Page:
In A Nutshell
Taking a trip to Chile or Argentina? Better stay away from the water. South America is home to the steamer duck, one of the nastiest birds on the planet. Armed with bony knobs and bad tempers, these ducks will take on all comers . . . and sometimes they go hunting for helpless victims.
The Whole Bushel
It’s safe to say that ducks are probably the most famous of all aquatic birds. Perhaps it’s because they look so goofy as they waddle on land, or maybe it’s because they’re so graceful as they glide across the water. Or maybe it’s Disney’s fault. Whatever the reason, ducks are some of the most beloved birds on the planet, and everybody enjoys visiting their local duck ponds and tossing scraps of bread to hungry waterfowl.
Well, everybody except people who live in Argentina and Chile. They’re probably too terrified to get anywhere close to the water, much less feed a duck. And who can blame them? After all, South America is home to the notorious steamer duck, a blood-crazed bird that’d beat Huey, Dewey, and Louie to death without ever blinking an eye.
Steamer ducks are some of the most aggressive animals on the planet. They’re fighters, not lovers, so if a stupid bird gets too close, the steamer goes into mixed martial arts mode. And that’s bad news because these ducks are big—really big. Your average-size steamer weighs about 4.5 kilograms (10 lb), has super-thick skin, and a huge neck and head. In fact, they’re four different species of steamer ducks, and three of them are so big they can’t even fly. (The fourth flies only rarely.)
Battles between male steamer ducks are quite a spectacle. If a guy spies a rival on his turf, or if he wants to impress a lady friend with his muscles, he’ll start a fight in one of two ways. He’ll either rush across the water, flapping his wings and churning water like a steamboat (thus the name), or he’ll go into submarine mode. These birds are crafty devils, and they sometimes dive under the water and sneak up on their target, with only the top of their heads and tail feathers showing.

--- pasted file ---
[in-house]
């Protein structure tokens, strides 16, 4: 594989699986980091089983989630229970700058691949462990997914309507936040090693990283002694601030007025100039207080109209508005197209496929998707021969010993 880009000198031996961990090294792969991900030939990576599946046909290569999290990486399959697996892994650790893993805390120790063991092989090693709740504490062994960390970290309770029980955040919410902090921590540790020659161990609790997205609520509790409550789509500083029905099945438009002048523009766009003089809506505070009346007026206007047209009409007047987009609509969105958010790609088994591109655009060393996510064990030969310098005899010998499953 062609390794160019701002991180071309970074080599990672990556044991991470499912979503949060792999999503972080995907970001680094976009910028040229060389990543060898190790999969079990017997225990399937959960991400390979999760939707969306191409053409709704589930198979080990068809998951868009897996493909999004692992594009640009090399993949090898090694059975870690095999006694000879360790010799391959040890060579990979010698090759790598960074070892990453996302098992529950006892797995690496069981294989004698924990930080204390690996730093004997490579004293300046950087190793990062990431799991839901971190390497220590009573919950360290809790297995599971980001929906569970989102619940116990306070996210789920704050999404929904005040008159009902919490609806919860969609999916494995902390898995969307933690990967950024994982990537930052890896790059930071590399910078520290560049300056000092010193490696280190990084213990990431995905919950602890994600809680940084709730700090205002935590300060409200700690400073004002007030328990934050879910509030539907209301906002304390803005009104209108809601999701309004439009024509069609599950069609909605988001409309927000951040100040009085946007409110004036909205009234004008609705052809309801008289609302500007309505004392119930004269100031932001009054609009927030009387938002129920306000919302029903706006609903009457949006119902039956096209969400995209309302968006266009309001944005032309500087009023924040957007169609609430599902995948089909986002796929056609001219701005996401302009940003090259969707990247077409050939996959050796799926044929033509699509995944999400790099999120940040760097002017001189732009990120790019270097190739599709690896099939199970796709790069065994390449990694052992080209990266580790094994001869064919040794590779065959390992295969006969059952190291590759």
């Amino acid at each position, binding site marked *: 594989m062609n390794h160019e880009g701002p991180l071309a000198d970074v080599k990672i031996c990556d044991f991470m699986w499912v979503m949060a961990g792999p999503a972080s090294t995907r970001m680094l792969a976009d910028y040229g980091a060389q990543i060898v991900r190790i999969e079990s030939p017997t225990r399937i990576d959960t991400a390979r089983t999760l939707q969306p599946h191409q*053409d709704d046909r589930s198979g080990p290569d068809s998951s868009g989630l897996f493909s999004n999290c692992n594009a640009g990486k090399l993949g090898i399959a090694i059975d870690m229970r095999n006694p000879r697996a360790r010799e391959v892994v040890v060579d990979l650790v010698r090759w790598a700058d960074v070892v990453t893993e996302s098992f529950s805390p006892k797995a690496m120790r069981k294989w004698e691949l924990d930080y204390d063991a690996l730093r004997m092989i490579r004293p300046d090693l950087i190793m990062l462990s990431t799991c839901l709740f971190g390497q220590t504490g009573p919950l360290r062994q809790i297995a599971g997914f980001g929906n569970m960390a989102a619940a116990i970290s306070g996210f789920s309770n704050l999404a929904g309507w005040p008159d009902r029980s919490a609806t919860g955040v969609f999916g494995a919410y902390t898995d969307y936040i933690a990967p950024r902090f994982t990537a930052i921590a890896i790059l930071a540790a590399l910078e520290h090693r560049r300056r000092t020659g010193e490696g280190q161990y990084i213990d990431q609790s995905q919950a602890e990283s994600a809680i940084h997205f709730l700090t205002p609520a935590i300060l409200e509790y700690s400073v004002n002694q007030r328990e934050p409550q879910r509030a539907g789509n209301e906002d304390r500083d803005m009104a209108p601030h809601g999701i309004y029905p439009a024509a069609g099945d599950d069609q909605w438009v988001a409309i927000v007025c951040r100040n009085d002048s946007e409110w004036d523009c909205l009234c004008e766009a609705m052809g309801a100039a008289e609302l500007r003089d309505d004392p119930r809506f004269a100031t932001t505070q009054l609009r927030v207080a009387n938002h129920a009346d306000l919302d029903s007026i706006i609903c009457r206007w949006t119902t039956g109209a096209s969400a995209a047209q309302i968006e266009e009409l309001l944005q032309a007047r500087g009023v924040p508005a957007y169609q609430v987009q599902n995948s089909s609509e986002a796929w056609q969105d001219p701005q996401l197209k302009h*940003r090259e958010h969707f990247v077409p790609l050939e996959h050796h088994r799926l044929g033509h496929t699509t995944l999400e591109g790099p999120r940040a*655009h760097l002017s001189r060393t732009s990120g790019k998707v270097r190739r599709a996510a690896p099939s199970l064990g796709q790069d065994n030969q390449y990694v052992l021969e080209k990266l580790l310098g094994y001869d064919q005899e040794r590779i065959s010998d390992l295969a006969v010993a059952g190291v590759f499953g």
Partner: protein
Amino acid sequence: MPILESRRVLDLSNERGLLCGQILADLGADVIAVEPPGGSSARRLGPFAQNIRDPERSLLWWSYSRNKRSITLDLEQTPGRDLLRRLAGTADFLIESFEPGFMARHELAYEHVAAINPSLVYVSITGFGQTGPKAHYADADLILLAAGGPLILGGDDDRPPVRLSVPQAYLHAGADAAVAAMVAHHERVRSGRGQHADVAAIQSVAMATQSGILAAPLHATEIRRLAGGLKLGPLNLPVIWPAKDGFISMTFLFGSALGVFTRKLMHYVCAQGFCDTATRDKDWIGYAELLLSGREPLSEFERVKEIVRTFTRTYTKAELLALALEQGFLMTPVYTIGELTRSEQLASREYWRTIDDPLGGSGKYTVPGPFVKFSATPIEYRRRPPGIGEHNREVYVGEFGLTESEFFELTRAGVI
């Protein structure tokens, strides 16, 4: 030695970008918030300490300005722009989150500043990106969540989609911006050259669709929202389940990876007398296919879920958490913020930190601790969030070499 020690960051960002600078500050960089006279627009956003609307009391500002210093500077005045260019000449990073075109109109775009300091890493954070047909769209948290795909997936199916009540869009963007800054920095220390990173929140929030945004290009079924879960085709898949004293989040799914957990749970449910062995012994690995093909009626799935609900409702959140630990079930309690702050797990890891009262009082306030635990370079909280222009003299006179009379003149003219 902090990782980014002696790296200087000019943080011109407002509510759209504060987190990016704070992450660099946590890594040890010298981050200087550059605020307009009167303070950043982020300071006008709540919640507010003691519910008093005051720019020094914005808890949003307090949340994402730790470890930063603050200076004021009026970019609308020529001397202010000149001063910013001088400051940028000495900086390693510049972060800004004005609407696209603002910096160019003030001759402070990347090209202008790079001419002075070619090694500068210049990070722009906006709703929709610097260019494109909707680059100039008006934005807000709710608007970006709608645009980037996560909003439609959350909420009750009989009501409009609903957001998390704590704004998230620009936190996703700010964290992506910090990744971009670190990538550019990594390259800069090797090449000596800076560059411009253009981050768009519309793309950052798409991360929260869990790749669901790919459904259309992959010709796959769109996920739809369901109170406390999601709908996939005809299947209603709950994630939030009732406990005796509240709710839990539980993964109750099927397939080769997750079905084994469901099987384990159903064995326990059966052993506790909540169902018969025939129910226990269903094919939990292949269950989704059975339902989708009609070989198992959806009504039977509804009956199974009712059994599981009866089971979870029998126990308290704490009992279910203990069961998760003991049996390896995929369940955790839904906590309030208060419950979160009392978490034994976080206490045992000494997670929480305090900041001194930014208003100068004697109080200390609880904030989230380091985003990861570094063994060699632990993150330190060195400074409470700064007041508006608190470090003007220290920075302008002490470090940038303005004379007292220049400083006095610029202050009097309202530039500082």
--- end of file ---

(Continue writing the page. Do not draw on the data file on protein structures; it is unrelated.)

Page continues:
When the battle begins, males go for the neck and hold on tight. Once they’ve got a good headlock, they pull out their secret weapons. All steamer ducks come equipped with bony, keratinized knobs on their wings. They’re essentially the wildlife version of brass knuckles. While he’s hanging onto his opponent’s throat, the steamer starts thrashing and bashing. Sometimes, the ducks will drag each other under the water, pop back up a few seconds later, and keep on fighting.
These battles can go on for up to 20 minutes. That’s longer than most UFC fights.
What’s really scary is steamer ducks don’t just fight other steamer ducks. They’ll attack anything that moves. (Yes, puny human, that means you.) Even scarier, they often beat other animals to death without any provocation whatsoever. Why? To show other ducks they mean business. That’s right. Steamers beat up other birds to make an example out of them. Sometimes they’ll even sneak up on grebes and coots and mess them up just to send a message.
Needless to say, steamer ducks aren’t very popular. When other birds (or people for that matter) see them coming, they take off running. And since there aren’t many predators big enough to pose a threat, it looks like the steamer duck will be ruling the roost for quite some time. All hail the steamer duck!
Show Me The Proof
Wired.com: Absurd Creature of the Week: The Vicious Duck That Beats the Crap Out of Anything That Moves
Science Blogs: Attack of the flying steamer ducks